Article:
The Avengers – 3 stars
With the exception of the upcoming Dark Knight picture, The Avengers is of the same stripe as the films previewed before it (Spiderman, Battleship) – loud, visually thrilling, punctuated by the wisecracks of people in a maelstrom, and … loud. The Avengers includes a slew of Marvel characters, almost all of whom have had their own loud, visually thrilling films: Iron Man, Captain America, Thor and The Hulk join The Black Widow, Nick Fury and Hawkeye to fight Thor’s power-hungry brother Loki. Since they are a varied group of personalities, they bicker, trade philosophy (Fury would be the Dick Cheney of the group; Iron Man the Barack Obama), and crack wise (Robert Downey’s Iron Man/Tony Stark gets almost all the nifty lines).
Loki comes to rule and it takes the Avengers fighting his flying army of space creatures in NYC to demonstrate that Earth is not some defenseless denizen of sheep.
Really though, he is not nearly scary enough (he looks like the second banana in Wham!) and you never get the sense he’s that big a threat.
The picture is dizzying, occasionally funny, well-paced but really, really long and immediately forgettable.
“With the exception of the upcoming Dark Night picture, the previews to The Avengers (Spiderman, Battleship) look to be of the same stripe. ”
Does this make sense? Do you mean the previews to the Avenger character films?
I did. Fixed. Thx.
Yikes. That’s a pretty bad first sentence.
I am rarely the grammar geek, but you’ve dangled the modifier.
“With the sole exception of the upcoming Dark Knight sequel, the DC comics films (Spiderman, Battleship, and now the Avengers–are all of the same stripe:” and so on.
Oh leave me alone. (g)
Hey, Catholic schoolboy, do those nuns proud.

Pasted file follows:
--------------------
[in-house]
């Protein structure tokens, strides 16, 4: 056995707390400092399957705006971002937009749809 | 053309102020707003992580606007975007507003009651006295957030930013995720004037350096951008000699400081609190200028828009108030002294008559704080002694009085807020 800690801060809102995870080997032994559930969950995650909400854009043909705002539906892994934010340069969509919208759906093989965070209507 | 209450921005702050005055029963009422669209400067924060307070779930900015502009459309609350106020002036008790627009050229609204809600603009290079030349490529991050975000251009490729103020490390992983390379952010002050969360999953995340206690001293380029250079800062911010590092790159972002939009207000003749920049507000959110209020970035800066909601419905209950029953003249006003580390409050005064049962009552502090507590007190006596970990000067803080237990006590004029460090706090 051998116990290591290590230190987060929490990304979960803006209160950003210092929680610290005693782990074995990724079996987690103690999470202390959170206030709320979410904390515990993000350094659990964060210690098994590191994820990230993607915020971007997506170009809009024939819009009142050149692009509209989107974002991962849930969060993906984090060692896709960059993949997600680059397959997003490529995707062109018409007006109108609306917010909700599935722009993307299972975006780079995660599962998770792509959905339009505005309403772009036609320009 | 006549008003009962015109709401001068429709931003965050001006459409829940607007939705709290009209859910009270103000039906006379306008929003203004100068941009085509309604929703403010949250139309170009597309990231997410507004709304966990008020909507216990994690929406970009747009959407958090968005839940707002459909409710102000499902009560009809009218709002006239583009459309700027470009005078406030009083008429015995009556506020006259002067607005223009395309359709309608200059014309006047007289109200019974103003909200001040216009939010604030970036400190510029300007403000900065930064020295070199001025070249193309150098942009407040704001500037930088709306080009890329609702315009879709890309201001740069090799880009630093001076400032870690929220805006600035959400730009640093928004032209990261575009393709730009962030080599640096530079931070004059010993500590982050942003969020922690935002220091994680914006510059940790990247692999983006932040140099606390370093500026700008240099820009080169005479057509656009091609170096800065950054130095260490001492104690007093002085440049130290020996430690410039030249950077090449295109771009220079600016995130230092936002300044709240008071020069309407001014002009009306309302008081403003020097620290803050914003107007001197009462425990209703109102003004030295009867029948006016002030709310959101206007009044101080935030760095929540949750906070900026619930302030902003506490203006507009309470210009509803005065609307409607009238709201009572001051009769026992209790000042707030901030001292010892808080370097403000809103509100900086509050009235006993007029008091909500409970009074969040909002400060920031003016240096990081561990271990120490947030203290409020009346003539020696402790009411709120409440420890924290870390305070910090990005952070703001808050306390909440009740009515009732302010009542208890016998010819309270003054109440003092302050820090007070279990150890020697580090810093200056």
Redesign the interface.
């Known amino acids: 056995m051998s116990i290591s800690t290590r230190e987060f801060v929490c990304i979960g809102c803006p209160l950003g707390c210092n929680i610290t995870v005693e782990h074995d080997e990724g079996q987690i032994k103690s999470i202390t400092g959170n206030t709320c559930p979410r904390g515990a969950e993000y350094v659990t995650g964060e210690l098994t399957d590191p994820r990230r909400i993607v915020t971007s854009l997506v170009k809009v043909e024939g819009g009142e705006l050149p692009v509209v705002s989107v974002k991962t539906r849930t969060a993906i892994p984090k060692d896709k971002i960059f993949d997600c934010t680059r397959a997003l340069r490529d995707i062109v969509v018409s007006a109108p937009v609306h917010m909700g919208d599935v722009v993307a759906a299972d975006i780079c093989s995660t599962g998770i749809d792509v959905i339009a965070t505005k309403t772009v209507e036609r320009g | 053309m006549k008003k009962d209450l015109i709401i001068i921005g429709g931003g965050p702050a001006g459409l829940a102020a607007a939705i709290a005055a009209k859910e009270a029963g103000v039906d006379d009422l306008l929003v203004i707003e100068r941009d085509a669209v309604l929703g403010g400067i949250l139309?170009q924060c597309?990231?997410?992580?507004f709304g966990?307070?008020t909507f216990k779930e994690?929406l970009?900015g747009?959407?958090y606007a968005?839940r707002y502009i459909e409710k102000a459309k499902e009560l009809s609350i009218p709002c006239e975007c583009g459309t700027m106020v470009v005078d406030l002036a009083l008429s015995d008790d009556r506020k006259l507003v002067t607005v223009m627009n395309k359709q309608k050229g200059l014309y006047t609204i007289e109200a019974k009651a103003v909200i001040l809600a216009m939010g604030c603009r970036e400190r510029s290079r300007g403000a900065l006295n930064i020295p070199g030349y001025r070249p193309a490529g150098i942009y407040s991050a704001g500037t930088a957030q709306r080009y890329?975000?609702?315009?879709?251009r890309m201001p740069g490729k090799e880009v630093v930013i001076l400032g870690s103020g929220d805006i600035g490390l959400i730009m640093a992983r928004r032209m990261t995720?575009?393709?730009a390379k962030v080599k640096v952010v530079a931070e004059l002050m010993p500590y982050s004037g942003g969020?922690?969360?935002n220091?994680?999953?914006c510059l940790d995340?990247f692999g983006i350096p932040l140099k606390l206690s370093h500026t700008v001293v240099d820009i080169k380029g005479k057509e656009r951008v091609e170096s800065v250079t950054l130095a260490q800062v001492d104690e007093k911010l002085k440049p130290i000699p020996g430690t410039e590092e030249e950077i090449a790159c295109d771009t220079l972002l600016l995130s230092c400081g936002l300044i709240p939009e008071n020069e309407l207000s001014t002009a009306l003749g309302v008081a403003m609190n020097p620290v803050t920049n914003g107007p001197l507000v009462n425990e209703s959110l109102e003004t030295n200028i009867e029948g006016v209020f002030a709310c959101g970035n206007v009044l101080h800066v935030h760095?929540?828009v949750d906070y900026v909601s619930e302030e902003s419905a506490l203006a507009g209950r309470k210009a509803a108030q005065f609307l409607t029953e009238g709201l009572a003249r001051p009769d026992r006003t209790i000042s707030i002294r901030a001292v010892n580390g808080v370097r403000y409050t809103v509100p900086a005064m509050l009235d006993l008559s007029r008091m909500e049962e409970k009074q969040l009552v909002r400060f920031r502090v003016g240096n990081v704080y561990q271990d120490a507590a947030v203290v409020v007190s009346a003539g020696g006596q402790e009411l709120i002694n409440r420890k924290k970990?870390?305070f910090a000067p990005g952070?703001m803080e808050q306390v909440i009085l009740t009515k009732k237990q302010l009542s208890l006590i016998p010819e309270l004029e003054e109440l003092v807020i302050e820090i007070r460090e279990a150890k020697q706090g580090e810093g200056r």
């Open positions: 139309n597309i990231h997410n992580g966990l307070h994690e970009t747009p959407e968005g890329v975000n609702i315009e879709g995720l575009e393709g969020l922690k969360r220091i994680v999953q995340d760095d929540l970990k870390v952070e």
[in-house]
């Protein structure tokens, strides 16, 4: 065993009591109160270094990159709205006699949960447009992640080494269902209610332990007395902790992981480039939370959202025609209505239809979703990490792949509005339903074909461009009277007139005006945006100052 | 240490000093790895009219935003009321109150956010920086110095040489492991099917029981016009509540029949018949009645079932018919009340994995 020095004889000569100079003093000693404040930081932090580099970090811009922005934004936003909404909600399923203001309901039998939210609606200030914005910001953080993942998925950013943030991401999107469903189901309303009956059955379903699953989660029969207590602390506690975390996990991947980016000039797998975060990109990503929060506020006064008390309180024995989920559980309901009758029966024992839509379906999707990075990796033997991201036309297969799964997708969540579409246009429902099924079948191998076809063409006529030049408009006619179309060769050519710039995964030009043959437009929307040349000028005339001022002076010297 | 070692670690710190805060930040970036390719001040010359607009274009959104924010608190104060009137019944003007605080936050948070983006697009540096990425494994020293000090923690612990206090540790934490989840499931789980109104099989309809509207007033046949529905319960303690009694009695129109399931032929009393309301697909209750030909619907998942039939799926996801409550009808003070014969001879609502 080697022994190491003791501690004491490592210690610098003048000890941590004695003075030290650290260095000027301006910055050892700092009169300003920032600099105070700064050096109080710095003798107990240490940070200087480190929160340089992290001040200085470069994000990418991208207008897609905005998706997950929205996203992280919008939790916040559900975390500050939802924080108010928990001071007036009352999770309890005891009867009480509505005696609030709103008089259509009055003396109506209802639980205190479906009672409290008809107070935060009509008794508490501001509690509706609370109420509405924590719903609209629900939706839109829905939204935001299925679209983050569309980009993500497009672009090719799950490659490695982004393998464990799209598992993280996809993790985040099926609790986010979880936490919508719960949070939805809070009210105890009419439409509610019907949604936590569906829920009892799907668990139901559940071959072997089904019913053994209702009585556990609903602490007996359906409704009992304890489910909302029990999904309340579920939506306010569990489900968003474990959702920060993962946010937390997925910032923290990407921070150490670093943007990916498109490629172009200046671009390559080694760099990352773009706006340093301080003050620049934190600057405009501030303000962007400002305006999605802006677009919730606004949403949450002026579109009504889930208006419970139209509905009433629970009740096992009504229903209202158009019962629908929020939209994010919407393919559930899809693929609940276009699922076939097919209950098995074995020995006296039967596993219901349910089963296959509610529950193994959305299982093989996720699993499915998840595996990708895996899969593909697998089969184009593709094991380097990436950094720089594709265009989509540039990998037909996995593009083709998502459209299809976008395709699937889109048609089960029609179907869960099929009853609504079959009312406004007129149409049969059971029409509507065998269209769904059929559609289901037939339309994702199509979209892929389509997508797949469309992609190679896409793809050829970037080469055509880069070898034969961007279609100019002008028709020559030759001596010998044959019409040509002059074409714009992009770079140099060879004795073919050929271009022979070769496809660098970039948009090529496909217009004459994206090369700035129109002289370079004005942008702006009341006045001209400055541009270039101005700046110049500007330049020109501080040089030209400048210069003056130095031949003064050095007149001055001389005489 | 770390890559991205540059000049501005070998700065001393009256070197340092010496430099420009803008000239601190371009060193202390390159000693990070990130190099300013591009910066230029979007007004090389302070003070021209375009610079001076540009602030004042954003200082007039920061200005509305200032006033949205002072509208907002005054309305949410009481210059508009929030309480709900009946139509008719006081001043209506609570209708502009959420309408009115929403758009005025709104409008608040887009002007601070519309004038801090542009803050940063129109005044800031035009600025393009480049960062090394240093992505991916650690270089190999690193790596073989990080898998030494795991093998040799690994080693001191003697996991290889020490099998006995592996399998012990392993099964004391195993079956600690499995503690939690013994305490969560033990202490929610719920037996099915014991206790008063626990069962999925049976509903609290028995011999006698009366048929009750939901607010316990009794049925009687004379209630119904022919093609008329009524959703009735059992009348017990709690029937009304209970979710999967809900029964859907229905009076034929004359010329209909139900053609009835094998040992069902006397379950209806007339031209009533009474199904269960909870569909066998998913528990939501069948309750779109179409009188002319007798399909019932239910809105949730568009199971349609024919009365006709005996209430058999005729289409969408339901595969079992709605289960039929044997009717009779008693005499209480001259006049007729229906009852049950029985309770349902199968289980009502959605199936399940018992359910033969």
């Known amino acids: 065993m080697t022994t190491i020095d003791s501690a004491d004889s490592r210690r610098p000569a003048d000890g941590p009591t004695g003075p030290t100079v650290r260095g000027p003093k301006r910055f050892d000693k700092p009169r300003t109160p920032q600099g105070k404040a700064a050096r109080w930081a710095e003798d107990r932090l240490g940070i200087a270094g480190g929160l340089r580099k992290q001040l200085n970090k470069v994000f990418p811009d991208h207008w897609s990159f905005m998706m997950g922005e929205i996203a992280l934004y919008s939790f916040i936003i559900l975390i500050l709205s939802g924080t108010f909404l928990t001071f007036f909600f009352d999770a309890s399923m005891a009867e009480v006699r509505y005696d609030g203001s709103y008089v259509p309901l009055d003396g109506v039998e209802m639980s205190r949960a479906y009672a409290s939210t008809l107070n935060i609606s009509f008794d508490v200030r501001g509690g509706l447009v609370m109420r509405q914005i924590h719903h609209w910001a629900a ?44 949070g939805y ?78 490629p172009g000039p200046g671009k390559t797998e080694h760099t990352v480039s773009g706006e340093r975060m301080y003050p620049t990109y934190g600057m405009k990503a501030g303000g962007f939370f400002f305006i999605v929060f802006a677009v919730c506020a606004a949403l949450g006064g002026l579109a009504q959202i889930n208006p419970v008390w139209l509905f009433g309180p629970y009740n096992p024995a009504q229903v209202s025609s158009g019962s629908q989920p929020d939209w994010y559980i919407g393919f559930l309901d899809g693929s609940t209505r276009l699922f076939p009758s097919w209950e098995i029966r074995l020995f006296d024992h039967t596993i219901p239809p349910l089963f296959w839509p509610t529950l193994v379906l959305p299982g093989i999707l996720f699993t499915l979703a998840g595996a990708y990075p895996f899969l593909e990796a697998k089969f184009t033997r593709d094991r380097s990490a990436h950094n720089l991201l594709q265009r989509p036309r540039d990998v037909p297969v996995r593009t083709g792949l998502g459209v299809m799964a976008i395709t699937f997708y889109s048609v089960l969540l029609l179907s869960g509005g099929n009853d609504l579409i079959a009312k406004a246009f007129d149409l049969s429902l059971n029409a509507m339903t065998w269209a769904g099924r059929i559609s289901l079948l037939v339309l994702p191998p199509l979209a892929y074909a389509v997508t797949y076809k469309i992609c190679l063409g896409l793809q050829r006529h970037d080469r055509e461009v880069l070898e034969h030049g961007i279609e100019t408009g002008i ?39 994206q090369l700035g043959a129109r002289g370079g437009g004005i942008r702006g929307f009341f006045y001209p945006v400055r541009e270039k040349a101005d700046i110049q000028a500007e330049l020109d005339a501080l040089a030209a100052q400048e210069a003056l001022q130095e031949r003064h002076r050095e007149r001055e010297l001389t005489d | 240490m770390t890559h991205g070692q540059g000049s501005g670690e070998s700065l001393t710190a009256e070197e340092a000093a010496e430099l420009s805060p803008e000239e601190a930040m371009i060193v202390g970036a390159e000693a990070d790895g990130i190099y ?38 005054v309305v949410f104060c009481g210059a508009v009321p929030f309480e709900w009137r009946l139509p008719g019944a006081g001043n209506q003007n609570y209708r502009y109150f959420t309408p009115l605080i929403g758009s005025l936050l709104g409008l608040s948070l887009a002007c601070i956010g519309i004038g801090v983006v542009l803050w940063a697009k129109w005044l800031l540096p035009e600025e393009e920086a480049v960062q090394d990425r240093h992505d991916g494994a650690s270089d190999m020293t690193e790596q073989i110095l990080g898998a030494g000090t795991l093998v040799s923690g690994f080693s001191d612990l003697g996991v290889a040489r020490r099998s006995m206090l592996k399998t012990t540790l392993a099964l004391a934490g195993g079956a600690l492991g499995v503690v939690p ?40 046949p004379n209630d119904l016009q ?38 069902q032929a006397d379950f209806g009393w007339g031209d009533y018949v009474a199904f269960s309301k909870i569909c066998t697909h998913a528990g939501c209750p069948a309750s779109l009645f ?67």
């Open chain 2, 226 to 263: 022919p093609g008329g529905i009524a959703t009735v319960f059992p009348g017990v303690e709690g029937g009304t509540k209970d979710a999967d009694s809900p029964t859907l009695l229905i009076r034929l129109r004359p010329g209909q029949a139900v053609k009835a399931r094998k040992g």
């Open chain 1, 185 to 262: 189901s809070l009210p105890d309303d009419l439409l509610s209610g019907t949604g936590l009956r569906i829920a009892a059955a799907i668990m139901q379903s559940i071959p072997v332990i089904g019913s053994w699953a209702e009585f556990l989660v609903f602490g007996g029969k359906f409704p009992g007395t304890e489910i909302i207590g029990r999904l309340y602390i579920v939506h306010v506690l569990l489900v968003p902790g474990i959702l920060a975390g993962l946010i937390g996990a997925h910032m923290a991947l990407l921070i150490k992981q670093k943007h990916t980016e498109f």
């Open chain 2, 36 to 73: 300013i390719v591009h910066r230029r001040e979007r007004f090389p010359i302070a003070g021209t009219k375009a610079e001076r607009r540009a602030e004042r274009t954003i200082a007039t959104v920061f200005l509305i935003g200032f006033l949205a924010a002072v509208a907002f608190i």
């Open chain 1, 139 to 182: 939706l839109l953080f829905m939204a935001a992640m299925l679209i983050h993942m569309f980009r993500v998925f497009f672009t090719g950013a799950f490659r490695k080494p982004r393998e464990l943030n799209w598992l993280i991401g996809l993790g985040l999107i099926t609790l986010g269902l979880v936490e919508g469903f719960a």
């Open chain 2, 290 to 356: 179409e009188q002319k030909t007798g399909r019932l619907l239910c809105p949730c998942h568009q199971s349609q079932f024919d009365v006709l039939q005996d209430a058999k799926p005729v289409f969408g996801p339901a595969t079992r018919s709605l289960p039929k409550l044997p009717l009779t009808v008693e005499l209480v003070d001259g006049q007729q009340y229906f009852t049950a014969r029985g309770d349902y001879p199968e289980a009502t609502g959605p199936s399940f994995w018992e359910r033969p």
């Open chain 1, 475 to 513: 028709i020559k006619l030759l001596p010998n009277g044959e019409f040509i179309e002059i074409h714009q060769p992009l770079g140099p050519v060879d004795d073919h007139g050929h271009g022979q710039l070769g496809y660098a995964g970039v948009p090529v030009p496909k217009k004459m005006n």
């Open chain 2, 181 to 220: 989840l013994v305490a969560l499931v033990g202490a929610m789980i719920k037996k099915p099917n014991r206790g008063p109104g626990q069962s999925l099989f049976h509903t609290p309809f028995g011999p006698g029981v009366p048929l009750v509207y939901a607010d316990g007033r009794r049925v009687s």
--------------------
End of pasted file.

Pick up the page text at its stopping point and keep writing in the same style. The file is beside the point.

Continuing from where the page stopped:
I saw the movie last night. It’s skillfully put together for a juvenile action flick. The difficulty with these ensemble casts is that you have so many characters to work with. The Avengers does an excellent job of fleshing out some detail or two about each one of the seven main characters, and blending them into a single story. Technically, that’s not easy to do.
I also liked the main villain. He does a fine job of chewing up the scenery when he’s on screen.
The worst part of this film — which Jeff is right in saying is instantly forgettable — is that its commercial success has already ensured seven or eight sequels and spinoffs will be greenlit over the next decade.
i agree. I just found myself overwhelmed. Like a kid who ate too much candy. It may just be that at some point, I can only take so much. My son, who was similarly overwhelmed by Iron Man 2 and Transformers, thought The Avengers was the right amount.
I disagree about the villain. He was kind of a pussy and never scared me at all.
I thought he came across like an oleaginous queen in a gay parade, but that may have been his purpose. Loki is the god of mischief and trickery, preferring misdirection and manipulation to the brawny displays of strength of his brother.
I liked how he played the clever interrogation scene with the female Russian spy and his banter with Downey Jr. in the Tower.